Jamaica’s Election 2016: My 2 Cents

It’s election time, or as Jamaicans call it, ‘silly season.’ For many, the  election season brings the opportunity to ‘earn’ an extra $500 or to devour some curried goat. For others, it’s the time to tell Jamaica and the world that you are a  ‘born’ Socialist or Labourite. Silly right? Am I to assume that there are  special babies who, instead of crying at birth, simply chant ‘shower’ or ‘power’ and are  accepted into the Jamaica Labour Party (JLP) or People’s National Party (PNP)?

This culture of assigning allegiance to a political party at birth has caused numerous Jamaicans to turn a blind eye to crucial events happening around them. The country’s current system allows individuals to vote  for a  Member of Parliament (MP) rather than the individual they believe best suited to lead the country. As a result of this, party leaders become what I like to  describe as default Prime Ministers.  A question to voters if I may. For those who have a MP who did absolutely nothing until the  election date was announced, why exactly are you cheering this person on? Are you so faithful that you’ll allow them to be re-elected so they can do nothing again until the next general election? As for the challengers, you chose to remain in incognito mode for years, having little to no interaction with the Jamaican people; why then should they vote for you?

The 21st century has often been labelled as the technological era and the age of advancement, yet in the year 2016, there are Jamaican people living without running water or electricity. Quite a few of these individuals are the aforementioned special babies  grown up,  An unfortunate number of these diehard party supporters,  those special individuals who were somehow born into a particular political party, turn a blind eye to the actions, or lack thereof, of Jamaican politicians.

Last November, the country’s two major political parties (the PNP and JLP) signed a memorandum of understanding (MOU) that stated that they would have a series of debates. (RJR Online News) I saw the debates as an opportunity to see how well the leaders of both political parties could ‘handle themselves’. The New York Times perfectly sums up the purpose of political debates, “First, they are the only event during a… campaign at which the two candidates appear simultaneously, giving voters a unique opportunity to comparison shop. Second, they force overly choreographed candidates to go off-script — hence, the obsessive attention to preparation by candidates and their handlers. third, their dramatic nature ensures that… people will tune in. In an era of media stratification, debates retain the power to generate a collective national experience, one built not around athletic competition but around the future of the country.” With the importance of the debates highlighted, and the MOU signed, one would believe that it would be ‘smooth sailing.’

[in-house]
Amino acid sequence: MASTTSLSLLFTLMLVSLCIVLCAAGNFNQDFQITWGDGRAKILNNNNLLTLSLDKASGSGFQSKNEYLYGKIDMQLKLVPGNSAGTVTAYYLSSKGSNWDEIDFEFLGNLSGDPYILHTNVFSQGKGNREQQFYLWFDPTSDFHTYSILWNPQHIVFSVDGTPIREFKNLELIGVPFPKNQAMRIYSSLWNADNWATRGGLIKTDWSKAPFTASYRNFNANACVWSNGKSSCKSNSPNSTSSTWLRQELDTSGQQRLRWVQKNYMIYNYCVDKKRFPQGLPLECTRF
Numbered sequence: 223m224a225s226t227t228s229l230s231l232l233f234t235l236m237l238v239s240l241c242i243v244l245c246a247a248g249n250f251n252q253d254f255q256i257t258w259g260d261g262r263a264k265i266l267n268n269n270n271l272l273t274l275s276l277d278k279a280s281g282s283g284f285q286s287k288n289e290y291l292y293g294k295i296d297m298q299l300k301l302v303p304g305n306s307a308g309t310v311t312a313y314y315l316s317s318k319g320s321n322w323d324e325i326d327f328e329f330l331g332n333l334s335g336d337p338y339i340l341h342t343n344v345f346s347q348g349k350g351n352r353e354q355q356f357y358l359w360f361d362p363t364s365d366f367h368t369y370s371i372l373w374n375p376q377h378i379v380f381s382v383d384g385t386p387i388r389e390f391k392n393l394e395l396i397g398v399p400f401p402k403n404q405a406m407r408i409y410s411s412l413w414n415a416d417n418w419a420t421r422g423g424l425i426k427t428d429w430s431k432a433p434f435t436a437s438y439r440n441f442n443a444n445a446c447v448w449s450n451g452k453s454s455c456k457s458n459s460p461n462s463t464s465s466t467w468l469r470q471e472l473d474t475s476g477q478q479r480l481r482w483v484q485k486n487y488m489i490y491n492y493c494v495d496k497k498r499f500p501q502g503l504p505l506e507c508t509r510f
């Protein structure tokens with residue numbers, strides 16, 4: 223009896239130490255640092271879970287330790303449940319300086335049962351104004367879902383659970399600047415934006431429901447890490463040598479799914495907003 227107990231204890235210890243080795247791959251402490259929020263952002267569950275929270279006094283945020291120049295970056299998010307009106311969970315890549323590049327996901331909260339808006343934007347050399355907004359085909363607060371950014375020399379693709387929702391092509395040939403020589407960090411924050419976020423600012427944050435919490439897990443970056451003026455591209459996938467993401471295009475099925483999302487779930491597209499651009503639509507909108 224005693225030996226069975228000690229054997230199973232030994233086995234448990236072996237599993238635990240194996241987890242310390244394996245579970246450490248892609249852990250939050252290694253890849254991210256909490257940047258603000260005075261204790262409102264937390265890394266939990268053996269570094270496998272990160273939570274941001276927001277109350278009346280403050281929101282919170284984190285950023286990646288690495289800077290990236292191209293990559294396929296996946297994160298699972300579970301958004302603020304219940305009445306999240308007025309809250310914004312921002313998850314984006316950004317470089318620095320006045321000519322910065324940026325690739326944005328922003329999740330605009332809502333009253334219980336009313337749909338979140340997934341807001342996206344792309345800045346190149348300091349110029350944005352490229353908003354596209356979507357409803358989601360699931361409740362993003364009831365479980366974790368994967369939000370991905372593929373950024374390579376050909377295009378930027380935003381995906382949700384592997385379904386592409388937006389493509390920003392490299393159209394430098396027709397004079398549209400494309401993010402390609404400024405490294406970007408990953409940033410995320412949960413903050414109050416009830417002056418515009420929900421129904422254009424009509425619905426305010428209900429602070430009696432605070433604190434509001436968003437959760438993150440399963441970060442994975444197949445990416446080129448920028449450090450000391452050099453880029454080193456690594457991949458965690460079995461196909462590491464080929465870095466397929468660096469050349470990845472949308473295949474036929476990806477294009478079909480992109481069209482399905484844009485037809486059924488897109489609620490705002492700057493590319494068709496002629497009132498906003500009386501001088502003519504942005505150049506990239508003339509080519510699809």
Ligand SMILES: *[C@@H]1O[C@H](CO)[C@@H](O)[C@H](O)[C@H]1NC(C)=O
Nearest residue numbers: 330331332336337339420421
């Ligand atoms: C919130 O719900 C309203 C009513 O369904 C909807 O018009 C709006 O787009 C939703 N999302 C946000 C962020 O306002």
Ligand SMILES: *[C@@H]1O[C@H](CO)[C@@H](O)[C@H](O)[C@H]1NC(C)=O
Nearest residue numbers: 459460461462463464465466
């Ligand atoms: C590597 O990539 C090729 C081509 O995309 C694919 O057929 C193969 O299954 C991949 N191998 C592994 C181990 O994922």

Sadly, on Wednesday, February 11, the PNP announced their decision not to participate in the national debates , to be held by the  Jamaica Debates Commission. It would appear as though the governing party forgot about two things: 1. the undecided voters, and 2. the fact that they signed a legal document agreeing to participate in the national debates. The national debates provided an opportunity to ‘convince’ the Jamaican electorate to vote for the PNP.

In a series of events worthy of their place on a badly written American reality series, the People’s National Party disclosed their reasons for refusing to participate in the 2016 national debates. The reasons given are as pathetic and petty as you’d expect. Jamaica’s current governing party has refused to participate in the national debates ahead of the February 25 election as they require the full disclosure of Leader of the Opposition, Andrew Holness’ financial statements, particularly those pertaining to his mansion being built in the Kingston area. (http://www.loopjamaica.com/content/pnp-questions-holness%E2%80%99-integrity)

Despite the pettiness of it all, one particular question begs to be asked: why not take it to the debates? After all, you, the governing party were the ones who called the election date, meaning that you had ample to time to request all the information you seek, and by bringing it to the debates, Mr. Holness will not be able to skirt around the issues that seem to be plaguing the PNP. He will simply be forced to answer.

The PNP says they, “have facts that are yet to be proven”, but the last time I checked, facts are simply facts because they have been proven. So, if there is something that the Jamaican people need to know, please inform us.

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